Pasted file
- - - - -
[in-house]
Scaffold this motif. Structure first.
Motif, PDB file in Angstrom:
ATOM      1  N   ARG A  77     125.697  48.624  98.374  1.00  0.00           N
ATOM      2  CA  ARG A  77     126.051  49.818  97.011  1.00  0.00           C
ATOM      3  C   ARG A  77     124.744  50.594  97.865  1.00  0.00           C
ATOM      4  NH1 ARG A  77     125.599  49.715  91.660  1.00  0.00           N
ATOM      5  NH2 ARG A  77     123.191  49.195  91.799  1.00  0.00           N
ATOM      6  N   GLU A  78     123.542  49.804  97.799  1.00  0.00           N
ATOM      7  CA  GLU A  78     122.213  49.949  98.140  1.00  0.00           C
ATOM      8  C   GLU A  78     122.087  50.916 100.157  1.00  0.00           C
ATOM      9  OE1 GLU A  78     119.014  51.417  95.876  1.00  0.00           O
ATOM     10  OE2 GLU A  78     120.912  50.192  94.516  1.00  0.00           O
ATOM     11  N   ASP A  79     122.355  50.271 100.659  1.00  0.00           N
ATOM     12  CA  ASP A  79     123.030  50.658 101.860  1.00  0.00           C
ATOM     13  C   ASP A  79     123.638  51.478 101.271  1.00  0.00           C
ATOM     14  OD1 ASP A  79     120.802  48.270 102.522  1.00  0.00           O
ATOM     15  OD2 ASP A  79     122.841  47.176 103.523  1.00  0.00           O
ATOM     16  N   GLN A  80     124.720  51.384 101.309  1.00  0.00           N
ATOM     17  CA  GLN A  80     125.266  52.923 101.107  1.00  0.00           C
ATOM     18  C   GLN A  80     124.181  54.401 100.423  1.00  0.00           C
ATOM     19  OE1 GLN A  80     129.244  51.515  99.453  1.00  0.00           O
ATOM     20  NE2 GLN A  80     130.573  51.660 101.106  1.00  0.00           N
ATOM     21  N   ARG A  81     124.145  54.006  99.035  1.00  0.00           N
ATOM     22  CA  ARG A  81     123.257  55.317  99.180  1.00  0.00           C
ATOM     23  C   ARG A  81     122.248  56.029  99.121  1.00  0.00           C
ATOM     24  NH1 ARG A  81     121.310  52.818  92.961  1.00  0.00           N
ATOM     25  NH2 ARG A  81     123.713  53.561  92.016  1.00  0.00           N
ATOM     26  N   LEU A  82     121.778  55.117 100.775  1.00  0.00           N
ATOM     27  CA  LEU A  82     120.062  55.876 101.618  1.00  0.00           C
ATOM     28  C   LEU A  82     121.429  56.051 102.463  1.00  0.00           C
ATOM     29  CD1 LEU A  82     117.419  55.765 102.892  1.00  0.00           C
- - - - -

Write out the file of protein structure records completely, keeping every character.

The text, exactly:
[in-house]
Scaffold this motif. Structure first.
Motif, PDB file in Angstrom:
ATOM      1  N   ARG A  77     125.697  48.624  98.374  1.00  0.00           N
ATOM      2  CA  ARG A  77     126.051  49.818  97.011  1.00  0.00           C
ATOM      3  C   ARG A  77     124.744  50.594  97.865  1.00  0.00           C
ATOM      4  NH1 ARG A  77     125.599  49.715  91.660  1.00  0.00           N
ATOM      5  NH2 ARG A  77     123.191  49.195  91.799  1.00  0.00           N
ATOM      6  N   GLU A  78     123.542  49.804  97.799  1.00  0.00           N
ATOM      7  CA  GLU A  78     122.213  49.949  98.140  1.00  0.00           C
ATOM      8  C   GLU A  78     122.087  50.916 100.157  1.00  0.00           C
ATOM      9  OE1 GLU A  78     119.014  51.417  95.876  1.00  0.00           O
ATOM     10  OE2 GLU A  78     120.912  50.192  94.516  1.00  0.00           O
ATOM     11  N   ASP A  79     122.355  50.271 100.659  1.00  0.00           N
ATOM     12  CA  ASP A  79     123.030  50.658 101.860  1.00  0.00           C
ATOM     13  C   ASP A  79     123.638  51.478 101.271  1.00  0.00           C
ATOM     14  OD1 ASP A  79     120.802  48.270 102.522  1.00  0.00           O
ATOM     15  OD2 ASP A  79     122.841  47.176 103.523  1.00  0.00           O
ATOM     16  N   GLN A  80     124.720  51.384 101.309  1.00  0.00           N
ATOM     17  CA  GLN A  80     125.266  52.923 101.107  1.00  0.00           C
ATOM     18  C   GLN A  80     124.181  54.401 100.423  1.00  0.00           C
ATOM     19  OE1 GLN A  80     129.244  51.515  99.453  1.00  0.00           O
ATOM     20  NE2 GLN A  80     130.573  51.660 101.106  1.00  0.00           N
ATOM     21  N   ARG A  81     124.145  54.006  99.035  1.00  0.00           N
ATOM     22  CA  ARG A  81     123.257  55.317  99.180  1.00  0.00           C
ATOM     23  C   ARG A  81     122.248  56.029  99.121  1.00  0.00           C
ATOM     24  NH1 ARG A  81     121.310  52.818  92.961  1.00  0.00           N
ATOM     25  NH2 ARG A  81     123.713  53.561  92.016  1.00  0.00           N
ATOM     26  N   LEU A  82     121.778  55.117 100.775  1.00  0.00           N
ATOM     27  CA  LEU A  82     120.062  55.876 101.618  1.00  0.00           C
ATOM     28  C   LEU A  82     121.429  56.051 102.463  1.00  0.00           C
ATOM     29  CD1 LEU A  82     117.419  55.765 102.892  1.00  0.00           C